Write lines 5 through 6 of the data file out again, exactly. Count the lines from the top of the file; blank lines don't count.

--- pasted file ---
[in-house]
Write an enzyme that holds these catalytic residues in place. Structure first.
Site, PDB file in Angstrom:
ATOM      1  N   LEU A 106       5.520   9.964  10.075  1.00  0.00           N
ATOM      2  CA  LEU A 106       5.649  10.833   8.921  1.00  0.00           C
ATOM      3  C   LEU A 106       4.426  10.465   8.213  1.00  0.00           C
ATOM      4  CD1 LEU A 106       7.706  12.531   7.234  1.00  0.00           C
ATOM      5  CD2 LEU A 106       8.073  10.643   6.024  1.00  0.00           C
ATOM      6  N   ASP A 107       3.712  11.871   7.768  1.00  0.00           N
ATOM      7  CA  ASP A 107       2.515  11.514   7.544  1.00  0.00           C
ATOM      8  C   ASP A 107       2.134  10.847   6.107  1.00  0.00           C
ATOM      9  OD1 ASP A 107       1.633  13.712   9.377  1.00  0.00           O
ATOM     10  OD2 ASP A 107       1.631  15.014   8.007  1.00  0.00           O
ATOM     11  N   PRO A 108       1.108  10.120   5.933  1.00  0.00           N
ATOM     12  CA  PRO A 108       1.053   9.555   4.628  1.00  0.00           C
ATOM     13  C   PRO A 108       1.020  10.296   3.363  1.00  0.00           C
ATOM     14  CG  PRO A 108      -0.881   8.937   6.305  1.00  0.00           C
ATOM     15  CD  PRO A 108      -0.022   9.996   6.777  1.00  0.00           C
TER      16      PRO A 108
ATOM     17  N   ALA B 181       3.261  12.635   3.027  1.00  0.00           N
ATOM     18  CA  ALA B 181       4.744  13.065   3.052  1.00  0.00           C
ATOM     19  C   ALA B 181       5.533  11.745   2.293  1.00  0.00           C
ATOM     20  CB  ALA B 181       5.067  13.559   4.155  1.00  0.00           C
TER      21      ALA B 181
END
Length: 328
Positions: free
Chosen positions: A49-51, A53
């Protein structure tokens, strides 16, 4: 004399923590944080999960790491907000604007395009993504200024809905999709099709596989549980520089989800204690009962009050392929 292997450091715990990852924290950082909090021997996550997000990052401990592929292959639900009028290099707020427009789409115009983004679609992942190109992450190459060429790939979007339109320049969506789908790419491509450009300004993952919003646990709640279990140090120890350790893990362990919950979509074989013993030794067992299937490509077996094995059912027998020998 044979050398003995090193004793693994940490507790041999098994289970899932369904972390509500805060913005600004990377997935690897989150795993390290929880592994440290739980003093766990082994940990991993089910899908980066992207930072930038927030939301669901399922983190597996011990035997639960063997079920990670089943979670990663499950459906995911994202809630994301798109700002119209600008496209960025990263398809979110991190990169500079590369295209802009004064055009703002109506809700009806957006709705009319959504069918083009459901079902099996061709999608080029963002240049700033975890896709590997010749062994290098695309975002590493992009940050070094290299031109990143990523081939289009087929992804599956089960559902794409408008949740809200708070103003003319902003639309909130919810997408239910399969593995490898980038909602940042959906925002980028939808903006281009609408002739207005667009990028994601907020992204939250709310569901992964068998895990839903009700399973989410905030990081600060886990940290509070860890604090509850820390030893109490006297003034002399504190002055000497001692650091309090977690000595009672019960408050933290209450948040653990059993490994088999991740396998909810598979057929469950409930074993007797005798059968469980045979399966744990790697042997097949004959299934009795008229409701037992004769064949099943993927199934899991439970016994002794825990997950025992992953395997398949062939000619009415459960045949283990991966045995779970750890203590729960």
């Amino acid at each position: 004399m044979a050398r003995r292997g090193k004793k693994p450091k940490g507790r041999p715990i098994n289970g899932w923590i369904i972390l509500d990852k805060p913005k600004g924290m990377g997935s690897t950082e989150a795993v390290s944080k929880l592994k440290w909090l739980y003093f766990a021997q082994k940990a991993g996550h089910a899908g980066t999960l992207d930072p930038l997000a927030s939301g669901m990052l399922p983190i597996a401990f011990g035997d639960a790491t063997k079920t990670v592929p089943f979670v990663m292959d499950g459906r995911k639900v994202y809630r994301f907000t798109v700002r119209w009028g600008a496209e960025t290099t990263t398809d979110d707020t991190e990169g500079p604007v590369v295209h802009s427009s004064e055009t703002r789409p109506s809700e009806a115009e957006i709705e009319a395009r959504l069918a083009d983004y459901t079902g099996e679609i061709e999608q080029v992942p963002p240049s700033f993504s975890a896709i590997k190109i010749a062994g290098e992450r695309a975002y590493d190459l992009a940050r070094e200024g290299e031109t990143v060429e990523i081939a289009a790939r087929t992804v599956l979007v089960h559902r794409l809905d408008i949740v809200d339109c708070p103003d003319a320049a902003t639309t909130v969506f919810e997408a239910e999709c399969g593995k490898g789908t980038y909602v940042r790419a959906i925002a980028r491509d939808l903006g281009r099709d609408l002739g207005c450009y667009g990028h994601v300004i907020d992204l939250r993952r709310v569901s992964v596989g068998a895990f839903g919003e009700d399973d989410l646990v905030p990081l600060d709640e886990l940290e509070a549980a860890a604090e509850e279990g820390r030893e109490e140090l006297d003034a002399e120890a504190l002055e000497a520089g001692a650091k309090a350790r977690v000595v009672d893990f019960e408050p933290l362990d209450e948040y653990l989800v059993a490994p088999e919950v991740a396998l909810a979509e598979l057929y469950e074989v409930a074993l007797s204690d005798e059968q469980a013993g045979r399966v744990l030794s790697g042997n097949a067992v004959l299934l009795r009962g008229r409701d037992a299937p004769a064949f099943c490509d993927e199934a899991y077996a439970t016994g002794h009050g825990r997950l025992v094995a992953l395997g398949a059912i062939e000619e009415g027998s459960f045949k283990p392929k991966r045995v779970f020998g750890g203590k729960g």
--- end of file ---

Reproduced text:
ATOM      2  CA  LEU A 106       5.649  10.833   8.921  1.00  0.00           C
ATOM      3  C   LEU A 106       4.426  10.465   8.213  1.00  0.00           C